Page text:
Well, yesterday was "Get in line four hours early and stand around waiting for the possibility of free theater tickets" day.
This, was, btw, a successful endeavor. If "A Chorus Line" is nirvana for theater addicts (and it is), the current production of "South Pacific" at the Ahmanson in Los Angeles is the Rapture. Holy crap is it ever good. Don't moan and think "Rodgers and Hammerstein 1950's schmaltz". This is compelling, it's real, it's as romantic as all get out and it's just plain beautiful to watch. And hear. Oh LORD, what sound. Instead of the standard 4 - 6 musicians with a synthesizer there are 25, count 'em, 25 musicians who play an individual instrument. A real instrument. As in a violin. NOT a box that makes a sound JUST like a violin but a violin. And there's a guy hitting a big, bass drum and someone plays a harp and there are real flutes and a conductor who stands in front of them and conducts.
Now, as for the stand by line...
Sorry, but I think it's time to start handing out quizzes. Simple questions with a hard line rule "If you get more than one wrong you have to leave".
Question #1: What are you here for? Please be specific.
---The answer should include the title of the show. If not, something that includes a performer's name, the composer or anything remotely related to the theater will be acceptable. Answers that include phrases like "I brought my camera 'cause I heard the cast of "The Hills" was coming," "I got off at the wrong stop and the next bus won't be here for 90 minutes" or "I heard your giving away something free" are NOT correct and are grounds for immediate expulsion from the stand by line.
Question #2: What sex was Ira Gershwin?
---Anything other than "Ira was George's BROTHER, what kind of a fool do you take me for?" will be considered wrong.
Question #3: What state is New York City in and why should you care?
---You're in a line for THEATER tickets, THAT'S why you should care. You don't have to LIKE the place but you really should have a vague idea of what Broadway IS.
Question #4: You have been instructed to "dress appropriately" for an Opening Night. What is the minimum length your pants should be?
---If your answer, either in words or in actual FACT(as in "Dude, I"m LOOKING at you") is anything shorter than "They should at least reach my ankles," sorry, but you won't be around to play Final Jeopardy!
Question #5: At what point during the performance is it acceptable to take calls on your cell?
---"You should wait until there's a quiet, meaningful conversation during the play itself. That way the person who just called me will be able to hear me and I won't have to shout to be heard over the noise from all those people singing "Hello, Dolly!" on the stage" will get you marched off the theater property, preferably by an usher who has taken hold of your ear. Said usher will also get to keep your car should you have parked in the theater parking structure.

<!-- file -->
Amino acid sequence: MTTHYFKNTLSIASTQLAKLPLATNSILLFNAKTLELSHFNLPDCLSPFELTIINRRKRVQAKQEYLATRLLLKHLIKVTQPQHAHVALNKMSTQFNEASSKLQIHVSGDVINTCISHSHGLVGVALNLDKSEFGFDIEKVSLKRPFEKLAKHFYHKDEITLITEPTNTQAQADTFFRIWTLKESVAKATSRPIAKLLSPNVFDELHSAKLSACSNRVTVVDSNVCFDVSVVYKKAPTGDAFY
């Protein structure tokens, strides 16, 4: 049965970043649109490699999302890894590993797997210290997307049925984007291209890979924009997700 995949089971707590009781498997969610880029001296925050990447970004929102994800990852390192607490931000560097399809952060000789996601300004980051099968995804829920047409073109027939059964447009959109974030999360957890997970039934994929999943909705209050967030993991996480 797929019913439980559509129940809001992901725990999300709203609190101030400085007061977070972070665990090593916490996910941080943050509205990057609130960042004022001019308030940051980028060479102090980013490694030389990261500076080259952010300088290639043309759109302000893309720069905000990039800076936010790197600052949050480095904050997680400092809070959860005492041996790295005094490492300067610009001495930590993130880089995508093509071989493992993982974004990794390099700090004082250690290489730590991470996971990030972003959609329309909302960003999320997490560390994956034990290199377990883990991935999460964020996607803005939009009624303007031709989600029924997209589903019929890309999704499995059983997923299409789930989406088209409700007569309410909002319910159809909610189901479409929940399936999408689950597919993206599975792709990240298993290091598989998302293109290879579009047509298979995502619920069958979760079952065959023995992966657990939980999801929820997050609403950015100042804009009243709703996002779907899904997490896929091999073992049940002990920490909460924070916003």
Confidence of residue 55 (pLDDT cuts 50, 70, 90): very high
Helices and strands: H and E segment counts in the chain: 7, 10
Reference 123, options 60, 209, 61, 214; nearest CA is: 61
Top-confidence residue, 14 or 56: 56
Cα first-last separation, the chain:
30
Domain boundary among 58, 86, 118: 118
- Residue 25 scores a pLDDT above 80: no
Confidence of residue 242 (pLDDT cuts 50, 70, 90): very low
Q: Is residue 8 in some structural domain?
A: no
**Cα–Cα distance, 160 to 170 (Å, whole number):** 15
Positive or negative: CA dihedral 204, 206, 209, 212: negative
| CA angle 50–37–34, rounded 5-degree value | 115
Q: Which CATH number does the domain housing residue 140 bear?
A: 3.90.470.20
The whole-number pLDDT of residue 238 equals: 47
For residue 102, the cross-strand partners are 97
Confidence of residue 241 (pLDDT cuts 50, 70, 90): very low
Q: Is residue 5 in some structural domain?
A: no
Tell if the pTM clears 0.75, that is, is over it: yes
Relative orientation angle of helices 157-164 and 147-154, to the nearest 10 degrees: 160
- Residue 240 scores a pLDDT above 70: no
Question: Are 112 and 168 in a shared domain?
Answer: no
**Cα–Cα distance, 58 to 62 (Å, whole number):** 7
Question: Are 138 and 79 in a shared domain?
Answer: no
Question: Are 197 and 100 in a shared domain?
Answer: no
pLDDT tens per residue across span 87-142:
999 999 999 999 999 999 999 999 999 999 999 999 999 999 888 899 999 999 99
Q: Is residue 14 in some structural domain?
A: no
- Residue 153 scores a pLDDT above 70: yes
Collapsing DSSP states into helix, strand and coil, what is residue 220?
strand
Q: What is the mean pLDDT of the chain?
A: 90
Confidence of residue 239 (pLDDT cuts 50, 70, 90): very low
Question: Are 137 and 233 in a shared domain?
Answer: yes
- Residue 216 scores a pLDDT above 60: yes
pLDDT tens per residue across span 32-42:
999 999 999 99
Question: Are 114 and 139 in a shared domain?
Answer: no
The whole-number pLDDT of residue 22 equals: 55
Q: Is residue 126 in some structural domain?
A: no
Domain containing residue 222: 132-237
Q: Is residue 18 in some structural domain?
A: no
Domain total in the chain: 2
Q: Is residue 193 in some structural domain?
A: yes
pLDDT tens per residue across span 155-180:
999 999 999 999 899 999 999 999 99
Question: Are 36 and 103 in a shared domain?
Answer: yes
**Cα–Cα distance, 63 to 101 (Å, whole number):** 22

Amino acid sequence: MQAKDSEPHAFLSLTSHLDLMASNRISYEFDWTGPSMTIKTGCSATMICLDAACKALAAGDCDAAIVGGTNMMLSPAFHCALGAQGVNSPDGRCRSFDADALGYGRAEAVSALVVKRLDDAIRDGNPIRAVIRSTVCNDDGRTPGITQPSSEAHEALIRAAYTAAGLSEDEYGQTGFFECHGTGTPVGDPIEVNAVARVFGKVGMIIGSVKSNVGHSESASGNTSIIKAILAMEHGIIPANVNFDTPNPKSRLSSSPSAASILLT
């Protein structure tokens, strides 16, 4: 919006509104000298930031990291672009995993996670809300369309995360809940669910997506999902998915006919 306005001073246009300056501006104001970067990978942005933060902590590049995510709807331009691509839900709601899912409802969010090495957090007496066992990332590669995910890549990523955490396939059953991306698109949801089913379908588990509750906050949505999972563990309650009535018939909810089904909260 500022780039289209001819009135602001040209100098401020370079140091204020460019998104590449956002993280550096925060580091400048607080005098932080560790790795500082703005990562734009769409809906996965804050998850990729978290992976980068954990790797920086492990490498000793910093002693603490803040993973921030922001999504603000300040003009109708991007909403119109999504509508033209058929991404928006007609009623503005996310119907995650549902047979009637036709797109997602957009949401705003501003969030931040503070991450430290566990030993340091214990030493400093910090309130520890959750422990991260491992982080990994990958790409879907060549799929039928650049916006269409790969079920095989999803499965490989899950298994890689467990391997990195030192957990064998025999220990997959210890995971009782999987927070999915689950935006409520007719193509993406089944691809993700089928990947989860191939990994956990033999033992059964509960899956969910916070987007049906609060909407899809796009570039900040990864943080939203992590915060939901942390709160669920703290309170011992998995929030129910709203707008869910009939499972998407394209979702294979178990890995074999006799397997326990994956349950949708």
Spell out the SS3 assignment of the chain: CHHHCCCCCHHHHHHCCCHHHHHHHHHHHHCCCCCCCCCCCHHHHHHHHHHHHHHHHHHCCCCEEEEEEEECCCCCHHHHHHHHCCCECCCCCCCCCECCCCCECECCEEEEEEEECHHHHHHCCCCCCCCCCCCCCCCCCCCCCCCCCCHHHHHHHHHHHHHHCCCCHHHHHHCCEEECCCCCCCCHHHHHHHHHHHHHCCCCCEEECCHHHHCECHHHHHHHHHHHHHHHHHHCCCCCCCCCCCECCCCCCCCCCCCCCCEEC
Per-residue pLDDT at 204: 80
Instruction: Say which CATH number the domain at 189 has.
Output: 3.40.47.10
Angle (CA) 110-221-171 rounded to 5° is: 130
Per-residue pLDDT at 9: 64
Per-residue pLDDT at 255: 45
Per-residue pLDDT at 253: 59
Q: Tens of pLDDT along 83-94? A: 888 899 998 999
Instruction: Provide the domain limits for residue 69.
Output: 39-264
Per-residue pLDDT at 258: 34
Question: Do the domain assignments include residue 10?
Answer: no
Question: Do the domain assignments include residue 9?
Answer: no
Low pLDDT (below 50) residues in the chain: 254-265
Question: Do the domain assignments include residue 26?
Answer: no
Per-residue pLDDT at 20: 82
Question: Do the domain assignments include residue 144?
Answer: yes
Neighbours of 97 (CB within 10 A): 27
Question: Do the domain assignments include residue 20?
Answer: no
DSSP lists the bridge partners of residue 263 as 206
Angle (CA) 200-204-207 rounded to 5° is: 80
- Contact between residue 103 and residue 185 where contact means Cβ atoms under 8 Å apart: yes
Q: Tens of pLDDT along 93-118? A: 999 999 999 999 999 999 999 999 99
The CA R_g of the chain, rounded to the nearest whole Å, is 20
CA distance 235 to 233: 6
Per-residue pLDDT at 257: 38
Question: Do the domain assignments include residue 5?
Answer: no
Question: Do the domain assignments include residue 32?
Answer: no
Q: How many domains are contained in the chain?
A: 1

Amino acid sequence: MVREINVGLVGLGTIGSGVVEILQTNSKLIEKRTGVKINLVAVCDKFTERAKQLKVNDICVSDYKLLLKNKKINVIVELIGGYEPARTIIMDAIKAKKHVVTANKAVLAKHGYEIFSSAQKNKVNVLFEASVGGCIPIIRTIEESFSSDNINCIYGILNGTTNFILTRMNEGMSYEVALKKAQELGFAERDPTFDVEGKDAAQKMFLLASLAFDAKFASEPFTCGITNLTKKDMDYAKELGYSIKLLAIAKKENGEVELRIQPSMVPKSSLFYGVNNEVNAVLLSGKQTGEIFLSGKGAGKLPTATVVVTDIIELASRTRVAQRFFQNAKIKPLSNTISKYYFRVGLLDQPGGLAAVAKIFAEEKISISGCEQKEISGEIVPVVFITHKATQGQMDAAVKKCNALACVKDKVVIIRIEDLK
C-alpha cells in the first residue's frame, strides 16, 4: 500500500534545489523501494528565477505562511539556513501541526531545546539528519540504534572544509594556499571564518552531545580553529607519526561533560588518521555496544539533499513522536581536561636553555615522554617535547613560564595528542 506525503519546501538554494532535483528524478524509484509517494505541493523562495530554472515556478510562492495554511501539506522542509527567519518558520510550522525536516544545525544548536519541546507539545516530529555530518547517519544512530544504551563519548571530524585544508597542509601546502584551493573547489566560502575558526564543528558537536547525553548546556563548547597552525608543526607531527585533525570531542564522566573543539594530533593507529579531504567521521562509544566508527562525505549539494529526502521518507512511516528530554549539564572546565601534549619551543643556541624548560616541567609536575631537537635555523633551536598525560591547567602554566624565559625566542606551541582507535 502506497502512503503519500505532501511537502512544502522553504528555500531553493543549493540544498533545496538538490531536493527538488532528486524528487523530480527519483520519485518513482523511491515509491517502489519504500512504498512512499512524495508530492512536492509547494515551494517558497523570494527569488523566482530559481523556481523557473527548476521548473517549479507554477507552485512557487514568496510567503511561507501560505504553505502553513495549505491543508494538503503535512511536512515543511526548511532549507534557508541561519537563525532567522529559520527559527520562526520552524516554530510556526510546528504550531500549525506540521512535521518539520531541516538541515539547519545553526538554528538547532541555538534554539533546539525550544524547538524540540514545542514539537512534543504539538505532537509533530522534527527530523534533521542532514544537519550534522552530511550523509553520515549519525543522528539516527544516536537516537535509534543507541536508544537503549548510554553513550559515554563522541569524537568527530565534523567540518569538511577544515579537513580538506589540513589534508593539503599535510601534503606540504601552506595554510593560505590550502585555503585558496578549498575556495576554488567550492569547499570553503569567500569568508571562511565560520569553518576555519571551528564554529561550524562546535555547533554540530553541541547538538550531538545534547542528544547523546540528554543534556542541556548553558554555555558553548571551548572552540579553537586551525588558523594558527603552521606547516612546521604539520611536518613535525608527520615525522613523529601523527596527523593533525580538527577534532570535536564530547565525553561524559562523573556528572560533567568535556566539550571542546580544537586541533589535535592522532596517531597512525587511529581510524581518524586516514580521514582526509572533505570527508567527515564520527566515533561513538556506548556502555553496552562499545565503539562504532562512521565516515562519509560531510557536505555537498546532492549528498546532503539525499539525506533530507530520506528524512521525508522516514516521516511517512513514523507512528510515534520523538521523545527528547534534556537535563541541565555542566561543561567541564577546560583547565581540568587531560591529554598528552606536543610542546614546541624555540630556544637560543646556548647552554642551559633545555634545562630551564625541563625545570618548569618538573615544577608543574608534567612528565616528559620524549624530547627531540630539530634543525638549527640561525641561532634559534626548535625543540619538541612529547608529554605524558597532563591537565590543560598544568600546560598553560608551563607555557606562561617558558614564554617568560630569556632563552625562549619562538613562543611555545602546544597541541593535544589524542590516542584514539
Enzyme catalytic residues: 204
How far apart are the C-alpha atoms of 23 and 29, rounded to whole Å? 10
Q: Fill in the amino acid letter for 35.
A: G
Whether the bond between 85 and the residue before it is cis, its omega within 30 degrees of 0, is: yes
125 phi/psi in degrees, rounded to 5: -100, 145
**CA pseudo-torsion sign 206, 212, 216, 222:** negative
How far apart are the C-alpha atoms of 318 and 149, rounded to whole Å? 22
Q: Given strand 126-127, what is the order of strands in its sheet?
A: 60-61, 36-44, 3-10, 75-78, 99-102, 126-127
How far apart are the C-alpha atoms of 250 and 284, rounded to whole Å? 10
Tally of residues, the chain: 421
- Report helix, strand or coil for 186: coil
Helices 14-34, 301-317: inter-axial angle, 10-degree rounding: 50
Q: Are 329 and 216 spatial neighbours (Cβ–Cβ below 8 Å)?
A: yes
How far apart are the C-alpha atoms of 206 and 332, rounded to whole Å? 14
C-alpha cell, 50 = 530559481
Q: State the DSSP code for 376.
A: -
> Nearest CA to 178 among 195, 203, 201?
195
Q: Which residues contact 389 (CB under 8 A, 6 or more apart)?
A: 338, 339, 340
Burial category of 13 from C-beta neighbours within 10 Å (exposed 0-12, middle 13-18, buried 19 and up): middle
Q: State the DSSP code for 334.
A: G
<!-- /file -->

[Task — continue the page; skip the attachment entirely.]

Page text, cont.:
See? Five simple questions. There are a few other rules of behavior which, I feel, can be enforced by specially hired security personnel, trained in voice and dance and bouncing. For example: If someone standing in the Opening Night Stand By line happens to win tickets to that night's performance in a raffle and you immediately run over to see where the tickets are located and then volunteer the information that you won tickets once and you couldn't see anything because they put you in the luge...well, don't expect to be sitting in the same theater I'm in. I can, of course, understand why you didn't see the show very well as you were flat on your back hurtling down an ice chute at Squaw Valley. My only regret is that I wasn't standing at the top of the run to give you a nice, flying start.
I suppose that could be question #6 though:
"What is the difference between a luge and the loge?"
--- The answer, of course, is "If you can't tell the difference between the Winter Olympics and "Oliver!" you don't belong in a theater let alone a ticket line."
Oh, and, now that you're seated? The INSTANT that all those people in the funny clothes up there on the stage start making so much noise that you're having trouble hearing the story your friend has been telling you about Aunt Gertrude and the ambulance driver, you probably need to leave anyway. Because, for one thing, all those people in your row are getting kind of stiff from sitting still and paying attention will relish the break when you block the view of the stage and we all have to stand up, fold our seats back and lean perilously into the cleavage of the lady seated behind us in order to give you enough space to get your picnic hamper, your Uncle Calvin, your over sized tote, your four children and your over sized ass into the side aisle and the blessed freedom from all those snotty "artsy fartsy theater snobs" who insist on turning around and staring at you because they really want to hear the end of your story.
In short, there's just way too much stuff to do in a town the size of Los Angeles without boredom driving you into the Opening Night stand by line.